I took these at quite the wrong time of day, with the sun high in the sky, and blazing into the camera, which is why they have come out slightly bleached and odd. But I quite like the effect, even though it is not what a professional would do.

Then we went into the dappled shade, under the Scots pines, and got a rather better shot:

24 Sept 24.ORF

I mean, really. What is there to say about a face like that?

And, the hill:

24 Sept 25-2


  1. I couldn't bear to let Tilly and Khan (we didn't name him) see Chester's body, as one is advised, but we let them into the porch where he'd died when we had removed his body (you will understand how hard it is to type this) and they sniffed his bed and understood.

    Once Tilly was an only dog, she took on the job of guard dog and grew into her status. She would have loved a puppy though, and it would have eased her passing for us. Only a couple more weeks and it'll be a year that we've been without a dog. It's lonely.

  2. We decided to do the same with Quin. When our darling Bonbon died (coming home from France) we thought about a younger dog, but felt he might be happier on his own. He's 12 and despite arthritis (common in ex racing greyhounds) can still be very puppyish.

    Eventually, because I can't live without dogs in my life, we'll adopt two more greyhounds, hopefully years away yet.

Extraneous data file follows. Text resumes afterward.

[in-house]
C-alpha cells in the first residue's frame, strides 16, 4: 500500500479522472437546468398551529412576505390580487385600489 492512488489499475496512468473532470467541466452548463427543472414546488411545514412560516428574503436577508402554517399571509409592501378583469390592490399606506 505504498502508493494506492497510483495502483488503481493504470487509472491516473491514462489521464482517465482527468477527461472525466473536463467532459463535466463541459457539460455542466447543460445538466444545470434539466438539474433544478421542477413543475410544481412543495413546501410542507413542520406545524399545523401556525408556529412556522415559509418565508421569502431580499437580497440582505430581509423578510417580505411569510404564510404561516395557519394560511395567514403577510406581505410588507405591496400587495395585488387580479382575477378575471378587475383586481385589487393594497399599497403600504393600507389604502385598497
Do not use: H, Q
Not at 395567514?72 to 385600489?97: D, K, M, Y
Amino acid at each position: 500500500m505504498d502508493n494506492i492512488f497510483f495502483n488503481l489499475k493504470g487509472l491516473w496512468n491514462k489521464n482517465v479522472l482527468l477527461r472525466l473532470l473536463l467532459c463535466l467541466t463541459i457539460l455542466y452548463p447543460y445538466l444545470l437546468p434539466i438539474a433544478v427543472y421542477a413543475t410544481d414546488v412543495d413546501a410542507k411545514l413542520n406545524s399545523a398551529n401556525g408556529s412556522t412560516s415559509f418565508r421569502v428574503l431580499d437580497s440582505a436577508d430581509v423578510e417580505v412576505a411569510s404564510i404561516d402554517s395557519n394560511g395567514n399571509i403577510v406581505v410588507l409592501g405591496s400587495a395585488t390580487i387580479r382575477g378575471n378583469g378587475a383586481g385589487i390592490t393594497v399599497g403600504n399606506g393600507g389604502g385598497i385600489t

On a note of hope for all dog owners, one of my sister's dogs is 19 years old, and still going strong.

  3. It was a beautiful day down in Southsea in Hampshire too. What a difference sunshine makes?

    Helena xx

  4. This was exactly what we thought with Fig - he was such an elder statesman and master of the house, despite knowing it would have made his loss a little less dreadful we couldn't bear to dilute his final years and make him share his home and our love with a usurper and I'm glad we didn't.
    I adore our two rescue scamps and they bring much love and joy to us everyday, but it sneaks up and cuts me like the velvet knife that he is gone too. It seems impossible that he could be forever gone from this world.

  5. Thank you for sharing your wonderful world with us, ups and downs and all. I am still amazed that you have a dog that sits still when you point a camera at her. Every cat and dog I've ever had immediately got up and came over to shove their nose in the camera lens when I tried to take their picture!

  6. Oh Z - what a heartbreaking story. I know all that so well.

    Trifle Rushed - so sorry about your lovely dog. But hurrah for your surviving old fella. AND the amazing 19-year-old. Gives me hope.

    Helena - yes, yes, it is a TONIC.

    Anne - love seeing the pictures of your little chaps on your blog. They look so happy and sweet. But I think the ones we have lost stay in our hearts forever.

    Marcheline - what a lovely comment; thank you. The Pigeon is a champion poser, although sometimes she does give me a very reproachful how long do I have to put up with this look. :)

  7. Oh, she is just lovely. Enjioy your time with her x


Your comments give me great delight, so please do leave one.


Blog Widget by LinkWithin